By Philippe Faes & Hendrik Eeckhaut, Sigasi
The ever-increasing complexity of FPGAs enables even modestly sized companies to design complex systems-on-reconfigurable-chips. The traditional way of designing complex systems is based on a variant of the waterfall methodology and involves the integration of all components near the end of the project, prior to system testing. Many unexpected problems occur in the process of integrating the system, including incompatible component interfaces, contention for shared resources or inability to fit the system on the predetermined FPGA. Especially since integration is done with approaching deadlines (or even well after deadlines have been missed), it is mission critical to make this process as observable and controllable as possible.
Continuous Integration (CI) is a technique, borrowed from software engineering and reminiscent of ancient Japanese temple building. It turns the final system integration into a non-event. Instead of figuring out how to integrate all components near the end of a project, all components are integrated on a regular basis, for instance every day. This way, final integration will be a simple repetition of a well known process. Using continuous integration, the final phases of a project are more predictable.
This paper elaborates on the advantages of continuous integration for FPGA SoC projects, reports on real-world usage of CI for the design of a scalable video decoder and provides some guidelines for setting up a new continuous integration system.
System Integration Hell
Complex systems, by their nature, consist of a large number of components. In the high-level design of the system, each component and its behavior are specified. From that point on, several teams implement components, traditionally with little or no interaction with teams developing other components. Only when the implementation of all components is finished, they are brought together in what is called the system integration phase.
This phase will uncover several problems that were not previously detected. Different teams may interpret the documented interaction between two components differently.
No over-all system performance measures will be available before the system integration phase. These measures include maximum clock frequency, amount of hardware resources used, dynamic power consumption, but also domain specific measures such as the time needed to decode one video frame.
Part of the problem with a-posteriori integration is that you will only start to figure out how to integrate the system when you are in the critical path. Meaning everybody is waiting for you (or your small team) to integrate the system so that system tests can begin.
Shintō temples and Continuous Integration
The Japanese city of Ise has a temple dedicated to the Shintō sun goddess. In order to preserve the ancient art and craft that was used for building this temple in the 7th century, the temple is torn down and ritually rebuilt every two decades. While the practical use of ancient carpentry may be questioned, the Ise temple teaches the basic concept of continuous integration: By rebuilding often, you can be confident that you can build your system when your deadline approaches.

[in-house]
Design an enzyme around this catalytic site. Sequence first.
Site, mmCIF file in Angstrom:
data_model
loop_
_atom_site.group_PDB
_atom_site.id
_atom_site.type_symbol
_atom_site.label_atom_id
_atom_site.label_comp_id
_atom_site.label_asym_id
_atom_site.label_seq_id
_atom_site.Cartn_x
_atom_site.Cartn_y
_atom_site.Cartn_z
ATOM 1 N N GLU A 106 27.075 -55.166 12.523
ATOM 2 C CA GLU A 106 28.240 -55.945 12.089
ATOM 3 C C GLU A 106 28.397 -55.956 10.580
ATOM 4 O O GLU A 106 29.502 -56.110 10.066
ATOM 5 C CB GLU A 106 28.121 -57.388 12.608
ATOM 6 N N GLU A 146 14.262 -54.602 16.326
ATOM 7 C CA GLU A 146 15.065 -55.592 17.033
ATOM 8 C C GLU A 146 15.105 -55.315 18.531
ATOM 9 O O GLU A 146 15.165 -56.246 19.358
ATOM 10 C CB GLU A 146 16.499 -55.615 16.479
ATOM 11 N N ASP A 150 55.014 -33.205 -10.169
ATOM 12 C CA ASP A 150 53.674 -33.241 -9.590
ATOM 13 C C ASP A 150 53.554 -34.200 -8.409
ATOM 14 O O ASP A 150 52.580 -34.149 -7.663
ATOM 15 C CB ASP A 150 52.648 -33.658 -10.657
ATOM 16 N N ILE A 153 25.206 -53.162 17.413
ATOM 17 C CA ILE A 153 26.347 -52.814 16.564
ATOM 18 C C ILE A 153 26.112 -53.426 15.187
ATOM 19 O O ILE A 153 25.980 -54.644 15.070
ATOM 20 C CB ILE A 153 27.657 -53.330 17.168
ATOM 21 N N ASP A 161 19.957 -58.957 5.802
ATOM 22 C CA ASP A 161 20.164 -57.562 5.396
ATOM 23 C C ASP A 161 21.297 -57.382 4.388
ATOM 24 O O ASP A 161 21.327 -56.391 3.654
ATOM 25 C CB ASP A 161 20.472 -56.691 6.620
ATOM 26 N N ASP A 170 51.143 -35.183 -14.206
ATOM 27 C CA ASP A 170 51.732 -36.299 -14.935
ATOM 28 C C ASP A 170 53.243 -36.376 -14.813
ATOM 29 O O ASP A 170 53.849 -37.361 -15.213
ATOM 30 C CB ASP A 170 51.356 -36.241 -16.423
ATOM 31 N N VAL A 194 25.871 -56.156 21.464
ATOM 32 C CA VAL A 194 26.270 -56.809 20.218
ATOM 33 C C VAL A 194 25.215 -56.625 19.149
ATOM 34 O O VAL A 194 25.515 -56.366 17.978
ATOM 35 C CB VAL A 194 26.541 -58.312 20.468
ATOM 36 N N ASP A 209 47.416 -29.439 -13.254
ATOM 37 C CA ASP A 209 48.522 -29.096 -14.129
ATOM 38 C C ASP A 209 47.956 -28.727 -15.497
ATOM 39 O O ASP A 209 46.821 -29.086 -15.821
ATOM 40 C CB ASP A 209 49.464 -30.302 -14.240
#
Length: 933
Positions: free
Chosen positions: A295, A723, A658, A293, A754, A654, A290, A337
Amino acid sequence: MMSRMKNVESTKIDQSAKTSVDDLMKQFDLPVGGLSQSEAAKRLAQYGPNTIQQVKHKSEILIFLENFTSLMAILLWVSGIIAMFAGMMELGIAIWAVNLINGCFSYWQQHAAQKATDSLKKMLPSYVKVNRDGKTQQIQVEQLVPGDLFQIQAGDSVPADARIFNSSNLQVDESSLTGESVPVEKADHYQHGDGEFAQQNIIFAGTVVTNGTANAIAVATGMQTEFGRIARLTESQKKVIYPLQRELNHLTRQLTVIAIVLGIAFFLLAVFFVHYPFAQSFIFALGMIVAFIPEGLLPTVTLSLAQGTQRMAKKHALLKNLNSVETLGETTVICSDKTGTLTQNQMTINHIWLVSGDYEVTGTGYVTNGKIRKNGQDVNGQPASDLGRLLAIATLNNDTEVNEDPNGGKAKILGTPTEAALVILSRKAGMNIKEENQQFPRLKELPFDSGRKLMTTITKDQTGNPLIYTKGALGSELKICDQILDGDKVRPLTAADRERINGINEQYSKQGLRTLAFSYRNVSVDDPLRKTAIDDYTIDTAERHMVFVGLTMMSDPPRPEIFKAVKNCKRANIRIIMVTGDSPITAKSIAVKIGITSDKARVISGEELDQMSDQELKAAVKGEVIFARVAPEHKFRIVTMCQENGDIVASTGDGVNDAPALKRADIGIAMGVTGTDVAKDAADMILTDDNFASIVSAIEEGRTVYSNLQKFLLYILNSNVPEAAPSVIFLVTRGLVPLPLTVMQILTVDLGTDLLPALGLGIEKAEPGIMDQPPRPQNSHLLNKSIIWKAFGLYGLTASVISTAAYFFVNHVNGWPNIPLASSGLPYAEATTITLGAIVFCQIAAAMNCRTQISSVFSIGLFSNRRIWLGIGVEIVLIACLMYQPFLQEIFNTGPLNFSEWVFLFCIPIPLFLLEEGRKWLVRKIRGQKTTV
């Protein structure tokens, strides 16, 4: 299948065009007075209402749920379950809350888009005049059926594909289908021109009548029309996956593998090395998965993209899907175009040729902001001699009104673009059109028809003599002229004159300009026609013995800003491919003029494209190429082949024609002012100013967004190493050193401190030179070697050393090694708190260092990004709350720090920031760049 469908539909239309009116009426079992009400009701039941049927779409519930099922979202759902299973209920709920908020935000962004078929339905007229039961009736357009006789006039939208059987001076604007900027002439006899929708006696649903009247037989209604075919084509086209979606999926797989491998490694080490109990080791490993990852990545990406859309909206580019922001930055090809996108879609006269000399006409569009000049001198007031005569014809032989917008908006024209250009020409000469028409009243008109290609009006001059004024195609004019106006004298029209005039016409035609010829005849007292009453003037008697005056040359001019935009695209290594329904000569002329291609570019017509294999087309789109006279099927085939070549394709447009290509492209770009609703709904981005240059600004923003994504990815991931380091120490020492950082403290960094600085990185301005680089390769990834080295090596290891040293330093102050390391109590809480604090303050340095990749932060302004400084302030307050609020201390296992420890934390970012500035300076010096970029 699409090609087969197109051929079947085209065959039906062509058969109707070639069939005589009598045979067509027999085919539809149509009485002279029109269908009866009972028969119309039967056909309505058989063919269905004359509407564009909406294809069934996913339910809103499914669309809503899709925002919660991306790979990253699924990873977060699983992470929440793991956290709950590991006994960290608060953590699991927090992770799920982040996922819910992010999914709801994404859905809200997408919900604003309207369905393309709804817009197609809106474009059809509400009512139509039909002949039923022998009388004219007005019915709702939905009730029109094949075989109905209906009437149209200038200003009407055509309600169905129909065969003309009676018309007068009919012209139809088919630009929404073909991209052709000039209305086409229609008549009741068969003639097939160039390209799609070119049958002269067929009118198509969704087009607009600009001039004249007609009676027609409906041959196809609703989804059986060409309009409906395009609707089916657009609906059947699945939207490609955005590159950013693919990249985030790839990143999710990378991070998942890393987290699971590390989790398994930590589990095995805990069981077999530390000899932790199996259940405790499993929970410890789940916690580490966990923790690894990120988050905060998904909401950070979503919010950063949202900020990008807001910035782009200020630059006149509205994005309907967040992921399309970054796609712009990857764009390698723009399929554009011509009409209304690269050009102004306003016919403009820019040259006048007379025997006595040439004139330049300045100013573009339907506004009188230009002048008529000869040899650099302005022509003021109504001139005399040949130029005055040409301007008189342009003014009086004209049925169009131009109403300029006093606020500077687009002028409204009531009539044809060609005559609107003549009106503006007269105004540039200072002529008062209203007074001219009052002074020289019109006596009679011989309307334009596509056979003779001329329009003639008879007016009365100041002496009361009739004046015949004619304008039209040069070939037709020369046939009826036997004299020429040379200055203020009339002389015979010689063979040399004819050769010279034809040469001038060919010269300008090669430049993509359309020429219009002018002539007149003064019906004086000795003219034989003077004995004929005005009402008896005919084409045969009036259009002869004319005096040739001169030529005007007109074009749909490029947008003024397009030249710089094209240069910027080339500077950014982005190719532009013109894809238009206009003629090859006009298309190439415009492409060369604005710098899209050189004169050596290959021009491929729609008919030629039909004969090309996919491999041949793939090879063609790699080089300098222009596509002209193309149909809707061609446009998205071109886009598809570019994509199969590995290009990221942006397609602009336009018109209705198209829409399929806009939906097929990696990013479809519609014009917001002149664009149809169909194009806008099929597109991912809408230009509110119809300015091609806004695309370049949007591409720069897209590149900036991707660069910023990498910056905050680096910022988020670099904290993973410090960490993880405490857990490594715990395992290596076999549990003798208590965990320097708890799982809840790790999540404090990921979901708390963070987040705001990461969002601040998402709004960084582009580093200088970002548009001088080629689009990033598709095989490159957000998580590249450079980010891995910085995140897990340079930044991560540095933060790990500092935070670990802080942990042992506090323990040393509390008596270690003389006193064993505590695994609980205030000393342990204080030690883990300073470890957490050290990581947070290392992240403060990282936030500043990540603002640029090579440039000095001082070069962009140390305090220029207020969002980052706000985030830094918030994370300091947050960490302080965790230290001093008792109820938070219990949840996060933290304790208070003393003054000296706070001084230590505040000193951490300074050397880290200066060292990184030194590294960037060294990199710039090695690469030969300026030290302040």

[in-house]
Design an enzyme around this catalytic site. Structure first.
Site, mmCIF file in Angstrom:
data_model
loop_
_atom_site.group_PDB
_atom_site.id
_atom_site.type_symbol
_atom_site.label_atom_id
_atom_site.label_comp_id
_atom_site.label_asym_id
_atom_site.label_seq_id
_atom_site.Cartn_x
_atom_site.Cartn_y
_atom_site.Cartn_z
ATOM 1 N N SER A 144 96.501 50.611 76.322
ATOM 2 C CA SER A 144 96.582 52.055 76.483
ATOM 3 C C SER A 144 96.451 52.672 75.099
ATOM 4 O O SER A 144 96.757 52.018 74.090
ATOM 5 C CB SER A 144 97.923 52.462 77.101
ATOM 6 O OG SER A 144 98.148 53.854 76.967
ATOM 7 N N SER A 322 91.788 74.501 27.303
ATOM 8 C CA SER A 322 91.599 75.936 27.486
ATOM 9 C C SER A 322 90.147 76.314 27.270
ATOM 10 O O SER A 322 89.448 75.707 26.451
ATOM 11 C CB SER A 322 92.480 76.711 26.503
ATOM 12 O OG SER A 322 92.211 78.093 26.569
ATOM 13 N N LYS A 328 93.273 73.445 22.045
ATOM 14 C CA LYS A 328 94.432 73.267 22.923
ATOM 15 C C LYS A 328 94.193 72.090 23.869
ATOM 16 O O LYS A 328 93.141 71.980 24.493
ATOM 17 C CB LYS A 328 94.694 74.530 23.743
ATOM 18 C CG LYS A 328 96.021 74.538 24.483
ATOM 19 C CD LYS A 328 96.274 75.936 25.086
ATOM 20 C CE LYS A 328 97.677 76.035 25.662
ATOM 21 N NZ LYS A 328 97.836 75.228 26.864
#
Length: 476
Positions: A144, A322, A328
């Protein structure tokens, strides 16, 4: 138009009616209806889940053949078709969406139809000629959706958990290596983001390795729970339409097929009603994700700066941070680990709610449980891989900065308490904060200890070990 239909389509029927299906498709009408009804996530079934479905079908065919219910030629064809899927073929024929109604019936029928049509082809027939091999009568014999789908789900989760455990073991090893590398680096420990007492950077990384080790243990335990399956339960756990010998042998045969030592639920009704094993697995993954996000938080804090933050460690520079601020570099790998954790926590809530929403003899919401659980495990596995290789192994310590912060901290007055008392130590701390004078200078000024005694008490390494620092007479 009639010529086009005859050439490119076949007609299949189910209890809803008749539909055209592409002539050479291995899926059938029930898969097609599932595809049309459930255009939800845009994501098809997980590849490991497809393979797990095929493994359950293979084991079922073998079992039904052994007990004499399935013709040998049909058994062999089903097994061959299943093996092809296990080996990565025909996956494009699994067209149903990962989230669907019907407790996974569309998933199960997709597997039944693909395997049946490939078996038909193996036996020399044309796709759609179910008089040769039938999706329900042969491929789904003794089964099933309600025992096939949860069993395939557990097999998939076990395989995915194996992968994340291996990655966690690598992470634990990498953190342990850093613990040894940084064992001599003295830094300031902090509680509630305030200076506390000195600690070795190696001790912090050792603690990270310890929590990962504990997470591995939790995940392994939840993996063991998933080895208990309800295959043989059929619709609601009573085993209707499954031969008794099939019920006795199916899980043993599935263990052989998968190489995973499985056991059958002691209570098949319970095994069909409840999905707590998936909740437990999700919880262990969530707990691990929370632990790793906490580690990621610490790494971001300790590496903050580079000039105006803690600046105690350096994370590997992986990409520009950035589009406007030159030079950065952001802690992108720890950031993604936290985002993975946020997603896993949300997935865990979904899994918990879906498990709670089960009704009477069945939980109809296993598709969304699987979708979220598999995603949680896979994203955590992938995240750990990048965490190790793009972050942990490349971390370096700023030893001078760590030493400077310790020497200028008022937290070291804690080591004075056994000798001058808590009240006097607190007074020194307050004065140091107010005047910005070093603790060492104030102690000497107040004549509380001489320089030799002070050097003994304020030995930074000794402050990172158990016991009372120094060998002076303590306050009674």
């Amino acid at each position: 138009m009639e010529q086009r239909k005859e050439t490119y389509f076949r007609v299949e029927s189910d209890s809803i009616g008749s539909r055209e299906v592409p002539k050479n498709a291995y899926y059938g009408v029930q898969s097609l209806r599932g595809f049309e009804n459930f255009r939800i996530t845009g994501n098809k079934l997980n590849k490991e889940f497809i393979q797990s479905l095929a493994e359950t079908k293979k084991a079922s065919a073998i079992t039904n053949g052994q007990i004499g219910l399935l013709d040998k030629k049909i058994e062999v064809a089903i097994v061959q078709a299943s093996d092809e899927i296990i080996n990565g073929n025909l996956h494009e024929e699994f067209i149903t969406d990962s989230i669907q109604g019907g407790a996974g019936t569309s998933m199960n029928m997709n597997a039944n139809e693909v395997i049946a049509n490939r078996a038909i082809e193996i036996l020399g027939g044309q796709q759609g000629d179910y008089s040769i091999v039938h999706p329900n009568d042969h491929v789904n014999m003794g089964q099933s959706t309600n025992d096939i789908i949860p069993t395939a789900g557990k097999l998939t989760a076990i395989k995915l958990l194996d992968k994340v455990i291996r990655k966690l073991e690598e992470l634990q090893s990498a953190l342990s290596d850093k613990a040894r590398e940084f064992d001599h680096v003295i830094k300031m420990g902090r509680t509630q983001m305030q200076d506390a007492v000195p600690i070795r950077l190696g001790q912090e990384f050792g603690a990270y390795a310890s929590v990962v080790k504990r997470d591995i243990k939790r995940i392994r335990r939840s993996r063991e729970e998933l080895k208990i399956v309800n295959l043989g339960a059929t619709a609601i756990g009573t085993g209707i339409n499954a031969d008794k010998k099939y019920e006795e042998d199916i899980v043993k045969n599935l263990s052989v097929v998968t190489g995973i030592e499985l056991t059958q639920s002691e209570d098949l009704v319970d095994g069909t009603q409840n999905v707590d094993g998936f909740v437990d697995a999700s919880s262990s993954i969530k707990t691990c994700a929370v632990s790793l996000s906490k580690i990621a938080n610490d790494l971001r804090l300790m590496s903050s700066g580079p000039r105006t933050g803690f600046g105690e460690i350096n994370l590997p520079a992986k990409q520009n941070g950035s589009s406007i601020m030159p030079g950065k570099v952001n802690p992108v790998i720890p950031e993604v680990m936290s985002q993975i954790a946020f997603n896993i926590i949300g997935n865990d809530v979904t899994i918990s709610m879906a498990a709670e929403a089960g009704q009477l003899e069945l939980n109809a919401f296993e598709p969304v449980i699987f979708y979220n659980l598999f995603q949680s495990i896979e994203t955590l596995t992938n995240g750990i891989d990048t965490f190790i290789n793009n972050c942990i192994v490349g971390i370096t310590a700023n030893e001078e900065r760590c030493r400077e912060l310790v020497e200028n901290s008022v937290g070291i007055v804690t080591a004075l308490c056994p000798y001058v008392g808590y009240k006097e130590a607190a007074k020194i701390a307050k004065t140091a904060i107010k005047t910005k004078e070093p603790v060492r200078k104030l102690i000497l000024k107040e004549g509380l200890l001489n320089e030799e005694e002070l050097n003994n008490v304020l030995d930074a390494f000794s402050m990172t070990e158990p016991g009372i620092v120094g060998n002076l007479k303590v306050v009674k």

In practice, many software teams, and a slowly increasing number of hardware design teams, set up a continuous integration server. This server builds the system on a daily basis, or at least as much of the system as is feasible with several components missing or incomplete. In addition to building, the CI server also performs some tests. This should at least include a simple smoke test that checks only if some basic functions of the system are working. However, the CI server may be used to run all available automated tests on a regular basis. In this case it is common to execute longer running tests less frequently, while shorter tests can be executed daily or even several times per day. A typical scheme for running tests could be as follows:
- Syntax analysis (i.e. compilation) after every commit to the revision control system.
- Elaboration and short simulation every hour.
- Synthesis, place and route every night.
- Thorough simulation every weekend.
This type of regular automated building has several advantages:
- confidence that the project is healthy
- visibility for team members
- tracking metrics
Because the CI server continuously builds and tests your code, faulty modifications to any component will be flagged, team members can always be confident that their latest modifications are accepted and tested with respect to the entire design. All CI systems offer means to give feedback to the designers and their managers through numerous notification systems: email, jabber, twitter, ... As a result, all team members can be easily notified of any failures that might occur. These failures range from syntactic errors that block compilation, over functional errors caught by automated verification or in-code assertions to designs that will not fit on the target platform due to size or clock frequency.
The CI system can store and summarizes all build and test information. As a result all this information is accessible on a central server. It serves as an overview dashboard so that all team members always have a clear view on the status, health an progress of the entire project.
The CI system can also be used to track project metrics over time. These metrics typically include simulation time and the number of successful tests. It is also possible to track synthesis results such as hardware resource usage or critical path timing.
This is extremely useful to detect regression problems. Sudden changes will attract attention so that the problem can be immediately fixed.
Example plot of the simulation time for several builds. Red indicates a failed build.
Example of the website dashboard with build targets.